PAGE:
In part 3 of my review of "Our Friends from Frolix 8" we see the nature of the friendship offered by aliens and need to wonder what is the best path to institutional change: reform from within, movements from the outside, or help from foreign powers.
In part two of my review of OUR FRIENDS FROM FROLIX 8, we get a closer look at the movement culture that emerged to resist the posthumans in power, consider how much it resembles drug dealing, and continue to enjoy watching the back and forth between the New Men and Unusuals, the two varieties of posthumans.
In this episode I look at the public papers Jefferson produced while Secretary of State, when he developed his opposition to Hamilton's policies. I also glance at his plans for the University of Virginia and his opposition to the import duty on books.
In this episode I look at Thomas Jefferson's public papers from the time before he became Secretary of State, when he was mostly working in Virginia politics. Of special interest is his draft for a Virginia Constitution and his laws on education, crime, and religion.
In part one of my review of OUR FRIENDS FROM FROLIX 8, I examine how meritocracy and posthumanism leads to a pretty interesting dystopia.
The finale of my look at Philip K. Dick's A MAZE OF DEATH. Tell me, is this book the antithesis of GALACTIC POT-HEALER?
The conclusion to my brief series on Jefferson's important text "Notes on the State of Virginia". In this episode we take a look at Jefferson's views on race, immigration, land rights, and industry.
During a quest to find out where they are, the unfortunate pioneers on Delmak-O begin to learn that their subjectivities are coming true. The results are murderous. Learn about this and more in part 3 of my review of Philip K. Dick's "A Maze of Death."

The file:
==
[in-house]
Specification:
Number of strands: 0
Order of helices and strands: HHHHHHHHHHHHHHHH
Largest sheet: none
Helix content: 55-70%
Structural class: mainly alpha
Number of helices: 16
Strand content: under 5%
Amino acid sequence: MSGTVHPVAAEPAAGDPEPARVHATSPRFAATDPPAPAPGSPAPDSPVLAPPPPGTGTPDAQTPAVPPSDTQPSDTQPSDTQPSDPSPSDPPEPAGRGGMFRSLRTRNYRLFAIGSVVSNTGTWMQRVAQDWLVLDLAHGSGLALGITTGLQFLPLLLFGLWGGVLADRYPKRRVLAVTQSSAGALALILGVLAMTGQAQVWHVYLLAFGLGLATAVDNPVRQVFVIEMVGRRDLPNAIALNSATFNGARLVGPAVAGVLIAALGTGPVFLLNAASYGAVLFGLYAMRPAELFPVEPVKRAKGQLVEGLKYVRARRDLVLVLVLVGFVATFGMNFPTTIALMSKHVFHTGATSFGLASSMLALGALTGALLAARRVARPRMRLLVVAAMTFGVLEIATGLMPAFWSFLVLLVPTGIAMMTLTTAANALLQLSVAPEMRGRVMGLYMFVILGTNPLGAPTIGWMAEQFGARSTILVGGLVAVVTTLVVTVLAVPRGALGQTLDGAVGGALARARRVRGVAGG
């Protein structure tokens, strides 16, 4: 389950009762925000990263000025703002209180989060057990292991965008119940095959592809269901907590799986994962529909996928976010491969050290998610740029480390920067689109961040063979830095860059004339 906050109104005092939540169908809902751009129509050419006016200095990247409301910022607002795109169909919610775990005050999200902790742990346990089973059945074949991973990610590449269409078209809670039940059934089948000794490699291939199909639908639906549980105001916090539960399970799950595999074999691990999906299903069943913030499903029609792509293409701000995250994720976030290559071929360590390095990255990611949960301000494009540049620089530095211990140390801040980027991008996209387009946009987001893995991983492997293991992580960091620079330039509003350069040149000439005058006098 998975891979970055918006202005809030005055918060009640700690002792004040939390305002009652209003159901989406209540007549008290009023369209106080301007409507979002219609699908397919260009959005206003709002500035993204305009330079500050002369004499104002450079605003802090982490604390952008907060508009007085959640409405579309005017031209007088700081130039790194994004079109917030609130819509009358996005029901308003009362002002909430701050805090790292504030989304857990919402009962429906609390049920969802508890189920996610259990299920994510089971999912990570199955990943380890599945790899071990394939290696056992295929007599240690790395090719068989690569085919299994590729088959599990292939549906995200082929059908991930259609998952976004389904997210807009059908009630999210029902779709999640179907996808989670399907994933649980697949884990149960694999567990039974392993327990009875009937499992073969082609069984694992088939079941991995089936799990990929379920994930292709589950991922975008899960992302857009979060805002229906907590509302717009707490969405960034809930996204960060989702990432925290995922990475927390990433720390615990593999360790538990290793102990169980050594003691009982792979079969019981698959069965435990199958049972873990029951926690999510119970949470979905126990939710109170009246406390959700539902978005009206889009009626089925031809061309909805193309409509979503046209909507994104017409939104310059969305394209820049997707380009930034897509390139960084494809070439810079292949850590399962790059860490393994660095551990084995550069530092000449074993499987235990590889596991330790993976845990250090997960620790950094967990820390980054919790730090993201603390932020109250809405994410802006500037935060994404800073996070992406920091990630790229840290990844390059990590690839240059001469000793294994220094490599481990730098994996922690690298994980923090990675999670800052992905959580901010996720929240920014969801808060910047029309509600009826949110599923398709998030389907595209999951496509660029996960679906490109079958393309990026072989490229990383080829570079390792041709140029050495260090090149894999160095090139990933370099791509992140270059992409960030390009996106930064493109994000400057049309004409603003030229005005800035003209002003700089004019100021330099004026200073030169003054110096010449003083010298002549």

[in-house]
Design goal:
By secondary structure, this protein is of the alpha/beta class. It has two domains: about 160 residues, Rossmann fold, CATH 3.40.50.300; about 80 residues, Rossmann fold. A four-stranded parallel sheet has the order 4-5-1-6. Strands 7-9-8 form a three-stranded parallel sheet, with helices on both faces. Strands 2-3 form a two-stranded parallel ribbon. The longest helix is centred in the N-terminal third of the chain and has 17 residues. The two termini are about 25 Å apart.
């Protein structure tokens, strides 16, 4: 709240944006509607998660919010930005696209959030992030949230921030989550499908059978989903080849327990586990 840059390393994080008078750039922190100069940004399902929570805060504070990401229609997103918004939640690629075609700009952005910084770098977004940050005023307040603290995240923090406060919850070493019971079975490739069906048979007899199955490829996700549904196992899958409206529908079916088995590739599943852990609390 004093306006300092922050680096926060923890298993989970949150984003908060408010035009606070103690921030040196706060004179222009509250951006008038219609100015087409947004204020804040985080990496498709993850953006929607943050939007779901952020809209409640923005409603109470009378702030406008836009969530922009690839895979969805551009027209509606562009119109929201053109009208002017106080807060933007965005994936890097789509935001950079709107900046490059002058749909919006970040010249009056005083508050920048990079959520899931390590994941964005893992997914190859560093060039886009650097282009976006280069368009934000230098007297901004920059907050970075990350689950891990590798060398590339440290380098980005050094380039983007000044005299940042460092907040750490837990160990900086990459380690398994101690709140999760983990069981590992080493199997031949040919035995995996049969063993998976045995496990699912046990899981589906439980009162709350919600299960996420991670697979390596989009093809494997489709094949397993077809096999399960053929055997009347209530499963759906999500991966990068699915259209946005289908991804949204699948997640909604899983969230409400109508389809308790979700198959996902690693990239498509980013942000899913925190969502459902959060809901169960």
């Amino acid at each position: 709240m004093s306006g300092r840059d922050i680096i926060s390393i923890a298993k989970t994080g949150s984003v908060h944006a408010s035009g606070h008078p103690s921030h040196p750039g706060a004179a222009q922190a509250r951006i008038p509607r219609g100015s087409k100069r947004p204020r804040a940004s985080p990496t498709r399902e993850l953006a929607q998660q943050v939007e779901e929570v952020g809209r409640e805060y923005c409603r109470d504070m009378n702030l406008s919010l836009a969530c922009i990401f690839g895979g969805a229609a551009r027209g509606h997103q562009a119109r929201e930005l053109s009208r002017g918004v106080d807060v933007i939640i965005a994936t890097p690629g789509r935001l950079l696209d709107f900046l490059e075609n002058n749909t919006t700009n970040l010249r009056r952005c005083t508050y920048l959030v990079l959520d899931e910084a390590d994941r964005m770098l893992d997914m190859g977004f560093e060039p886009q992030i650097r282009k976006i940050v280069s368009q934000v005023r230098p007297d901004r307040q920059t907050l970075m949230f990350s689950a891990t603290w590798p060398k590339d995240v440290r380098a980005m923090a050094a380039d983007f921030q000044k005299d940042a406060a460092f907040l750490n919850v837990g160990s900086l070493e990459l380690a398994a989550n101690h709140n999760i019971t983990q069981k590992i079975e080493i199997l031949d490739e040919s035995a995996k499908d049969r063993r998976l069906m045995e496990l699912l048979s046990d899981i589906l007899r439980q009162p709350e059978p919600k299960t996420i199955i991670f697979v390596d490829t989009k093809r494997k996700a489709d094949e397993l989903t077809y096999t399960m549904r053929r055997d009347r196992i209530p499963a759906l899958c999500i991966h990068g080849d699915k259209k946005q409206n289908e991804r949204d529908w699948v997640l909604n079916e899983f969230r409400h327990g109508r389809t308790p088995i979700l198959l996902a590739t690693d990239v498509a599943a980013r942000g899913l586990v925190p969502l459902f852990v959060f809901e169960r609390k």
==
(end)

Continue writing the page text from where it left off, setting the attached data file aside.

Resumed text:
In this episode, I look at "Summary of the Rights of British America" by Thomas Jefferson. I also jump into the first half of "Notes on the State of Virginia". So let's begin exploring his political ideas as well as what his thoughts on science, nature, the "Columbian Exchange" and Native Americans.
Part two of my thoughts on "A Maze of Death" by Philip K. Dick. Things start to get dark quickly.
The autobiography of Thomas Jefferson was written in 1821 and covers his life from the 1760s to his return from Paris. It has some interesting things to say about his views of slavery, the French Revolution, and the writing of the "Declaration of Independence". We kick off a new series on American political writing with this interesting, if unessential work.
Now for the antithesis to "Galactic Pot-Healer". "A Maze of Death" by Philip K. Dick asks some of the same questions as GPH but comes to very different and bleaker answers. What to make of this?
In Philip K. Dick's final story from the 1960s, "The Electric Ant" we get a mixture of reality bending metaphysics and android anxt.
The conclusion of my thoughts on Philip K. Dick's greatest novel "Galactic Pot-Healer". We are coming to the end of this very long series on Dick's publications of the 1960s. Excited to move into the 1970s with "Maze of Death", the antithesis novel of GPH.